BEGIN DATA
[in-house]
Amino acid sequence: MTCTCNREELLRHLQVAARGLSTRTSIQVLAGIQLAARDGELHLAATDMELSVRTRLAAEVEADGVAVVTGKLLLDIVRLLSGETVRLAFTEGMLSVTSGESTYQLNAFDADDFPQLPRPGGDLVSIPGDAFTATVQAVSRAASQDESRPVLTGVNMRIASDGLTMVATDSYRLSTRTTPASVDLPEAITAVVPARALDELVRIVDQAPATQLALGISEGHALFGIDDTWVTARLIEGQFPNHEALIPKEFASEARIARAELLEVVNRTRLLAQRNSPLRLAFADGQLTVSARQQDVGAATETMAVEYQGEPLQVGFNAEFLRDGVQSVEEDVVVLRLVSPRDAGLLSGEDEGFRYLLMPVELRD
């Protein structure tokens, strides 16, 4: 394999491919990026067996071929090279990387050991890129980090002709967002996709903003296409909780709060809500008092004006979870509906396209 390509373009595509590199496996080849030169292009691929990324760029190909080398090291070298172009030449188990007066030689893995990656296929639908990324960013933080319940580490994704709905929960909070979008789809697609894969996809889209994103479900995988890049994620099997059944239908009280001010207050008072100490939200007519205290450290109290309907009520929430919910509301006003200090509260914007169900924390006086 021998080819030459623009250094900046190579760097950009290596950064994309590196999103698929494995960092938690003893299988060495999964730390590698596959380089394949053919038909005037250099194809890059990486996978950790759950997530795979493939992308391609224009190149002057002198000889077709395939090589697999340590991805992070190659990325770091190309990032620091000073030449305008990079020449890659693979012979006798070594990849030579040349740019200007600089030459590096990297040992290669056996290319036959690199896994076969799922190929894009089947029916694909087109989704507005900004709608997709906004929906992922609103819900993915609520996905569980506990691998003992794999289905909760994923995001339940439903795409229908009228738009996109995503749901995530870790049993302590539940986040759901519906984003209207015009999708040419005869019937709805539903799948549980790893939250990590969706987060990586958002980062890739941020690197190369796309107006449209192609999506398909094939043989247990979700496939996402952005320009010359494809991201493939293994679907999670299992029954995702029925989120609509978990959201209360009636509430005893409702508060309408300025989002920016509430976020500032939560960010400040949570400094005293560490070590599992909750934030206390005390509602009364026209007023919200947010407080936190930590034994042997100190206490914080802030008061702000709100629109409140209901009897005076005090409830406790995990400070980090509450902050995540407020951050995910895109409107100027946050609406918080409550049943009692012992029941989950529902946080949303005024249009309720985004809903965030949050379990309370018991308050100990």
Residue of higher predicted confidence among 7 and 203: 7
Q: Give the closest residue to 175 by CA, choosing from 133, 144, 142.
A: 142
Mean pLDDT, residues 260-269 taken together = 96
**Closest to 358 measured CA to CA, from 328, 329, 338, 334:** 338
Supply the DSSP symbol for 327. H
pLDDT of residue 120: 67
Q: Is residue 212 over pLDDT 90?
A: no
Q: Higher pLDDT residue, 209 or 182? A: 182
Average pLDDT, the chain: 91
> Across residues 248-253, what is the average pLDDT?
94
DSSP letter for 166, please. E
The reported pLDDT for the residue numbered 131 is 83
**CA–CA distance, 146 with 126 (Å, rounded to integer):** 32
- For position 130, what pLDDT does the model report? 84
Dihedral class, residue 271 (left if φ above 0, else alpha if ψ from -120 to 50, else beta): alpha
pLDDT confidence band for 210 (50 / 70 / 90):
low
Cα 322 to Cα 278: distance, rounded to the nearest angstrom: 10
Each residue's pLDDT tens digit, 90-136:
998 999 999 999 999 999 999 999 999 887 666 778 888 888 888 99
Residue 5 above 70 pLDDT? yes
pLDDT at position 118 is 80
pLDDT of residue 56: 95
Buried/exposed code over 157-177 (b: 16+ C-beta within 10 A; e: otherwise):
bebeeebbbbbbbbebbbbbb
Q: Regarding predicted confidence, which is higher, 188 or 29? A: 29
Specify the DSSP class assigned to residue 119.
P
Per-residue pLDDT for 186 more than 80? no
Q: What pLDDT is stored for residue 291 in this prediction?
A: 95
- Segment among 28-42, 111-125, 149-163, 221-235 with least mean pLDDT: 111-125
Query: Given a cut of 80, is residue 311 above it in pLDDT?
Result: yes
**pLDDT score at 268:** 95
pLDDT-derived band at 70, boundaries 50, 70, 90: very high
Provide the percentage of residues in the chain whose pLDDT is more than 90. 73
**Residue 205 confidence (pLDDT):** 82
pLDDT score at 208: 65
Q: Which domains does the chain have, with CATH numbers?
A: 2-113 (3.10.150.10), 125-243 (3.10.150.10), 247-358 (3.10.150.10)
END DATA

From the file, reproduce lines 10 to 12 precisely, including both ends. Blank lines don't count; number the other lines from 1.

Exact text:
pLDDT of residue 120: 67
Q: Is residue 212 over pLDDT 90?
A: no